Why the Police struggle in Pakistan

Everywhere in the world, Police is considered as the frontline of defense, precisely, a “pawn “on the board of crime. Having direct contact with society at every level, it plays a vital role in ensuring the smooth and steady functioning of law and order situation in the society. Therefore, everywhere in the world, capacity building of the Police department is a top priority of concerned stakeholders. However, unfortunately, in Pakistan, things have been otherwise. This contradictory prevailing trend, when it comes to policing, has led to many devastating consequences for the society as well as the department itself.

First of all, owing to lack of resources, there has been acute shortage of human resource. Unlike international standards and standards set by the UN, that allow one policeman for the population of 300, here in Pakistan, it’s one policeman for the population of 500. Hence, the effects are obvious. Furthermore, available strength is mostly engaged with escort duties and VIPs movements, leaving only a small number for the general public in the end.

Likewise, owing to basic drawbacks in legal structure and use of centuries old law-manuals, drafted by the colonial authorities in order to assist the smooth implementation of Crown’s rule in the Subcontinent, there has been an increase in the exploitation of these weaker laws and their use for the vested interests of specific groups of the society. Consider the example of PPC (Pakistan Penal Code); this document was drafted back in 1860. Similarly, CRPC (Criminal Procedural Code) was drafted back in 1898. In the same way Police Rules’ document was drafted in 1934. These documents, with slight modifications and amendments, are still being used by major law enforcement agencies (LEAs) of Pakistan. These laws are decades old and have many loopholes that are constantly being exploited by criminals and LEAs appear helpless in the face of weaknesses.

Then comes the most important barrier in the path of effective policing: the lack of basic facilities. There is no separate hospital for Police in the whole of Punjab. There is no separate education institute for the children of Police officials anywhere in Pakistan. There is no facility for the families of Police officials seeking health treatment. The absence of these basic facilities is considered to be the deadliest barrier in effective Policing.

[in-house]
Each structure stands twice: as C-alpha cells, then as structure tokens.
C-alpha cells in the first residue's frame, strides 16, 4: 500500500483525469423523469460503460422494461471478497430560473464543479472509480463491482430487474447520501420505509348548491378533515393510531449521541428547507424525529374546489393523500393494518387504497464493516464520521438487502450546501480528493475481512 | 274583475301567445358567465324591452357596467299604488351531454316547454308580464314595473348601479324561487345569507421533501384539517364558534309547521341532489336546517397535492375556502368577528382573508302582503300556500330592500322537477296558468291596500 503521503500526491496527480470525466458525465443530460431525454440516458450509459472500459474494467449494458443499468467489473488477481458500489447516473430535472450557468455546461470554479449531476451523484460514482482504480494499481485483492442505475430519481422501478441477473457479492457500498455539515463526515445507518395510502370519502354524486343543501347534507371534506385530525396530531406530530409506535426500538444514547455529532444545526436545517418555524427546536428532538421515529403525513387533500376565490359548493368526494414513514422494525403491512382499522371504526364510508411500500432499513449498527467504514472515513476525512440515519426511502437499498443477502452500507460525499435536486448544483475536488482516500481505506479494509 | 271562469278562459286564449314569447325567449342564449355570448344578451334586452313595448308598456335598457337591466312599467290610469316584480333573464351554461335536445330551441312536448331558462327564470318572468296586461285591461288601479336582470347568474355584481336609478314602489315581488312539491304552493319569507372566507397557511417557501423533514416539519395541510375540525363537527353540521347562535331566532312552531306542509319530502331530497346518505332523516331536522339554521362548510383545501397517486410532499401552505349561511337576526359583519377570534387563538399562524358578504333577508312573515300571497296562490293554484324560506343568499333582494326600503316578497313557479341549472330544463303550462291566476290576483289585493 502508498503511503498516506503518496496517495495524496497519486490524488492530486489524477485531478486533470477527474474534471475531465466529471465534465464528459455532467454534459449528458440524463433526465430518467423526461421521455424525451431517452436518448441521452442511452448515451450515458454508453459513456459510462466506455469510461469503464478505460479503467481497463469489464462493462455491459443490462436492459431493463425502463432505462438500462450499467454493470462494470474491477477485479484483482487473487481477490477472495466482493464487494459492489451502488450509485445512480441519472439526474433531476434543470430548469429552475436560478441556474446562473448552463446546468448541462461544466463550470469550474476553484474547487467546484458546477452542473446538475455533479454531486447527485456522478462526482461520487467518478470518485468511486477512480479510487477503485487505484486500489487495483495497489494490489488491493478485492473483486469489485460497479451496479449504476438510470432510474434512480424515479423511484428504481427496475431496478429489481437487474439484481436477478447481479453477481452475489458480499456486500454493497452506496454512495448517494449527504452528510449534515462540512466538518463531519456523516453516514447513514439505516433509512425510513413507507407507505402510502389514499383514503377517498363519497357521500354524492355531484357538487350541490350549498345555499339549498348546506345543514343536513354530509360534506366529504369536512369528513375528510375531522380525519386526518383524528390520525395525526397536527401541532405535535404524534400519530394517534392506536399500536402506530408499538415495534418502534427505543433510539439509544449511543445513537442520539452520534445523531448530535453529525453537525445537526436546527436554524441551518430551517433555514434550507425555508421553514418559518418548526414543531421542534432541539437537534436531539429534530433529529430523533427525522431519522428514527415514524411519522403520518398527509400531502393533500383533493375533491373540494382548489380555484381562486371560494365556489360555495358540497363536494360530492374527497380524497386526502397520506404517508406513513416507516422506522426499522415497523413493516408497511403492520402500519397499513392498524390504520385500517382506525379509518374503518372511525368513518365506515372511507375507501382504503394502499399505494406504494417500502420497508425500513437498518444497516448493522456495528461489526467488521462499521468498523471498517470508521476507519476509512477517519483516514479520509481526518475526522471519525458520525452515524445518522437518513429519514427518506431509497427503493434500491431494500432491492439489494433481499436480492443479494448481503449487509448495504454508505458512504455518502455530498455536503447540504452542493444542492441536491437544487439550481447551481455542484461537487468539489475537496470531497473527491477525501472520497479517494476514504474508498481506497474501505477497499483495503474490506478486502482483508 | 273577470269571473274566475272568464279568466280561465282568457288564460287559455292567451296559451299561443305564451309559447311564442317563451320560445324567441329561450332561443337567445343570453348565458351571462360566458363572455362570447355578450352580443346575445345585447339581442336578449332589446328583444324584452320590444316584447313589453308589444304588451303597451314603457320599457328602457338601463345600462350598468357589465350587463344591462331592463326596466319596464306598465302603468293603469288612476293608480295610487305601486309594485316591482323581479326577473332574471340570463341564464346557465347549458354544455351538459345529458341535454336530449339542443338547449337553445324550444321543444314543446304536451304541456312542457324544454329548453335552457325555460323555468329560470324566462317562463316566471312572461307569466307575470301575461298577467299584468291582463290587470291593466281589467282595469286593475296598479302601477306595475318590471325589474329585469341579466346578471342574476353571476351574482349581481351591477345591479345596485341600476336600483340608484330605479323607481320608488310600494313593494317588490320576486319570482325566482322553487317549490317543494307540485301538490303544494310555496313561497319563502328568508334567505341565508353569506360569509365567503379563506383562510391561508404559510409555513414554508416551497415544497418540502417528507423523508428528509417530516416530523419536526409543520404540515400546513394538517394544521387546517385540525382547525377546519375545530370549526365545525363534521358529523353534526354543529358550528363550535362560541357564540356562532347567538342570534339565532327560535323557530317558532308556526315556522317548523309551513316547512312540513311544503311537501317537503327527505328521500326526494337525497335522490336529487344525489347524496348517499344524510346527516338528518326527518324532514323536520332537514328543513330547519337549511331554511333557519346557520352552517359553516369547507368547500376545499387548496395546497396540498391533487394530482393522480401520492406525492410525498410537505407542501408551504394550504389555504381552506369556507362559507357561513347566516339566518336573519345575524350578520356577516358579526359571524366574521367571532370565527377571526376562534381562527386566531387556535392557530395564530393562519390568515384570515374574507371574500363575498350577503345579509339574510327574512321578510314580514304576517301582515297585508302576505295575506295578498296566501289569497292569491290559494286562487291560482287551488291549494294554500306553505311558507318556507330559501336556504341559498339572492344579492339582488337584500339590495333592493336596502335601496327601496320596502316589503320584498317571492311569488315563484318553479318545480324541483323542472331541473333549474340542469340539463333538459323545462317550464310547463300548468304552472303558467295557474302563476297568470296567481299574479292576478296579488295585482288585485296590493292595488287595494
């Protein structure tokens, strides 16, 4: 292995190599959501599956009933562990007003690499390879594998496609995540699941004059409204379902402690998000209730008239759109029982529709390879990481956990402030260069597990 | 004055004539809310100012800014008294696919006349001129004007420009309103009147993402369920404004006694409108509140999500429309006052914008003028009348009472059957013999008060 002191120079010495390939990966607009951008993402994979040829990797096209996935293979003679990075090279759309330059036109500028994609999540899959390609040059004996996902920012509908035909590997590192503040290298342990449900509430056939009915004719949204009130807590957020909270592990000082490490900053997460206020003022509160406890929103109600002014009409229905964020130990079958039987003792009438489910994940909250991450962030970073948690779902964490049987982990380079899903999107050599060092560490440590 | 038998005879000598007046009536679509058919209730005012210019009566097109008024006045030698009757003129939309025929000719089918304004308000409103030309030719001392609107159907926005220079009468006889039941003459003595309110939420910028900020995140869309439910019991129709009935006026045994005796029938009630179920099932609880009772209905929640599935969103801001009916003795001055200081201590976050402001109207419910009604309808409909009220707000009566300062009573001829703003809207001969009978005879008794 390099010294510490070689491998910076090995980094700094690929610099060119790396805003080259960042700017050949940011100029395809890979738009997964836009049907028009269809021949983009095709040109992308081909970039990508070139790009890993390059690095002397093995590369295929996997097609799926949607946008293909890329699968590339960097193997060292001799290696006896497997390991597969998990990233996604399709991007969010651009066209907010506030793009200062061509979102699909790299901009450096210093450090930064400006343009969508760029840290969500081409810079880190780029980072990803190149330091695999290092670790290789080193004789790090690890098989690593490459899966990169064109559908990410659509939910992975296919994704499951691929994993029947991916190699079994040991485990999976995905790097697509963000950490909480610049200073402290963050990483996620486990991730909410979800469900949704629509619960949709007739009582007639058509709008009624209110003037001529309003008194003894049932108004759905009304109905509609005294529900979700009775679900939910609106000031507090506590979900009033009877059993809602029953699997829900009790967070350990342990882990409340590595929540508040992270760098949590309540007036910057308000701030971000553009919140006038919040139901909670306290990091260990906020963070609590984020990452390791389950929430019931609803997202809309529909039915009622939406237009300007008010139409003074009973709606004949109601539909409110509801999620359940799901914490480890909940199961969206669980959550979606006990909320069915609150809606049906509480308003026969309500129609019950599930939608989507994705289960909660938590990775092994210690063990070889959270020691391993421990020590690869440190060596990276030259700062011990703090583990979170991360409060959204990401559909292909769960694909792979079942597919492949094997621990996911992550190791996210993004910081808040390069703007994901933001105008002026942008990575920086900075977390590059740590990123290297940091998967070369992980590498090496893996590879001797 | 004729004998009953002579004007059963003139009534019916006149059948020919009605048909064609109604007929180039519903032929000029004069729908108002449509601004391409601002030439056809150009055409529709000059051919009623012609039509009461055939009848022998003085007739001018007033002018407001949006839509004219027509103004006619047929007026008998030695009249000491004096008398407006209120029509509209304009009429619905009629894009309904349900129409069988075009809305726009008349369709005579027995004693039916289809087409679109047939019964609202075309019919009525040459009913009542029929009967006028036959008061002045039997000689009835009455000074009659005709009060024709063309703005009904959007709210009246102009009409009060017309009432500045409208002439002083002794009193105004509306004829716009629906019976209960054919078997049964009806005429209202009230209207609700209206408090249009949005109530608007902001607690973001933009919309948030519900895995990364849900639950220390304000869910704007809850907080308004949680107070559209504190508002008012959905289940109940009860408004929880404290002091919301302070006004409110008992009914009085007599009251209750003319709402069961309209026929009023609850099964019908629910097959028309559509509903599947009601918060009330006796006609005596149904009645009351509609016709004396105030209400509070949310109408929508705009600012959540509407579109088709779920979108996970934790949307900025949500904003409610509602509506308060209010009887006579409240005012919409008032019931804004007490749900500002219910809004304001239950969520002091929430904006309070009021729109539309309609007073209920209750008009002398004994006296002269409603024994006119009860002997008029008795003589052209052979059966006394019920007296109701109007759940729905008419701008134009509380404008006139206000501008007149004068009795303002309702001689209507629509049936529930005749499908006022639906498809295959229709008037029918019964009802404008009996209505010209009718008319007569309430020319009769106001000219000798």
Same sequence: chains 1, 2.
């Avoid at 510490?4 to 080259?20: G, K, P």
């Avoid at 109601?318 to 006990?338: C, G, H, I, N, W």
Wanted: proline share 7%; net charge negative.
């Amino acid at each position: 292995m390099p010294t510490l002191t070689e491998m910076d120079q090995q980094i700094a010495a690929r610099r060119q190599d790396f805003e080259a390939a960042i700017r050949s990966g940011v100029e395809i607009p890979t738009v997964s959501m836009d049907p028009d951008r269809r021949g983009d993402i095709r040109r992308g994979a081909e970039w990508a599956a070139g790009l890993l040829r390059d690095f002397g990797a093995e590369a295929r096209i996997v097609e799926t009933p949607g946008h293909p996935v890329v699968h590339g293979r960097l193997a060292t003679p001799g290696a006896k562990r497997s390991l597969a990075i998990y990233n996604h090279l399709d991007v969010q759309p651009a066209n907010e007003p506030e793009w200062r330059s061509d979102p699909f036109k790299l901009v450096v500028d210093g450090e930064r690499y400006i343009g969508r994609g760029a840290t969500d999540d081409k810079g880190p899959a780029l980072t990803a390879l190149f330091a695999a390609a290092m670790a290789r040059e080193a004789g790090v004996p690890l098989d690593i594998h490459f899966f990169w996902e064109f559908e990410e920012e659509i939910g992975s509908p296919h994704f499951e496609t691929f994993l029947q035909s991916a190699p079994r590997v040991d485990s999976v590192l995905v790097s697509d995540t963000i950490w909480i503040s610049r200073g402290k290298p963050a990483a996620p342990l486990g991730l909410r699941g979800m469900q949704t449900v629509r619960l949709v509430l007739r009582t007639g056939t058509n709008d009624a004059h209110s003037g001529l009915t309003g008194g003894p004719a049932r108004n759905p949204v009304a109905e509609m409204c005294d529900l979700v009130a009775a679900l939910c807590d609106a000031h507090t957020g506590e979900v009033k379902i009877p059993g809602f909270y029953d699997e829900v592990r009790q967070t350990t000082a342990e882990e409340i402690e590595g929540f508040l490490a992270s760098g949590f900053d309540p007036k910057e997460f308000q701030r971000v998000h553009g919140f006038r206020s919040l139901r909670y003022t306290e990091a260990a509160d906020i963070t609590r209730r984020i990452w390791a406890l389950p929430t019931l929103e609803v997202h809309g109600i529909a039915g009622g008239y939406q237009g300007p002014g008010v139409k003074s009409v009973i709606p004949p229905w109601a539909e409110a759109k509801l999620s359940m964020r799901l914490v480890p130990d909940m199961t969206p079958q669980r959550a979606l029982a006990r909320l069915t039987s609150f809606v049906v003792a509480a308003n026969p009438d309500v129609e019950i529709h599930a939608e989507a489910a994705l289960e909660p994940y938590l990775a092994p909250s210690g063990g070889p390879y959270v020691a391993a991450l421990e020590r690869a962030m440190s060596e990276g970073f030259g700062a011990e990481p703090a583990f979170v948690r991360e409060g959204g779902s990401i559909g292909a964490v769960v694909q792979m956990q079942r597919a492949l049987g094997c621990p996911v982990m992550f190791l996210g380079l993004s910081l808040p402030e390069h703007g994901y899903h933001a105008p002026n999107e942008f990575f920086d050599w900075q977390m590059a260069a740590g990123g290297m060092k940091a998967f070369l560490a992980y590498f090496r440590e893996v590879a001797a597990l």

In addition to this, political interference has put the last nail in the coffin of Police. Politicians, in order to appease the vote bank, use undue political influence in majority of the cases. This practice has destroyed the repute of Police in the eyes of society and hence, society does not trust Police anymore. In this quagmire, media also played a negative role by always mocking Police and not acknowledging their sacrifices.

The list of problems goes on and on. The aforementioned examples are just the tip of an iceberg. We, as a society collectively, have failed to address these issues for so long. Consequently, increased crime rate, low morale of the Police and lack of trust from society prevails across Pakistan without any discrimination. Hence, an overhaul of the whole department is the need of the hour.

Government should do capacity building of the Police in all aspects. Proper availability of basic facilities, like those being given to other prestigious institutes, should be ensured as soon as possible. Amendments and new laws, equipped with needs of modern times, should be drafted by taking on board all the concerned stakeholders. Similarly, till the time political influence is completely eliminated, all other moves will become null and void. Police is basic defense unit of our society. Today, the world is efficiently implementing the concept of “community policing” to tackle the shortage of resources. Our society also needs to change its perception regarding Police and become a helping hand for the Police department. Development of professionalism and effective grant of basic facilities will ensure the higher levels of intrinsic motivation that ultimately will lead to better policing.

The policymakers and home- departments of all provinces must realize the fact that it’s high time to introduce the policing standards of the 21st-century. If concerned stakeholders failed to address the emerging demand of much needed reforms, the decline of Police will become inevitable which will have long-lasting impacts, obviously negative, for the whole society.

Police department must be empowered and brought at par in terms of facilities with rest of the departments. Police is part of society and it represents the true face of any society. If Police is suffering, it means society is suffering, if Police is corrupt, it means society is corrupt, and hence a strong and developed Police department means an established and strong society.

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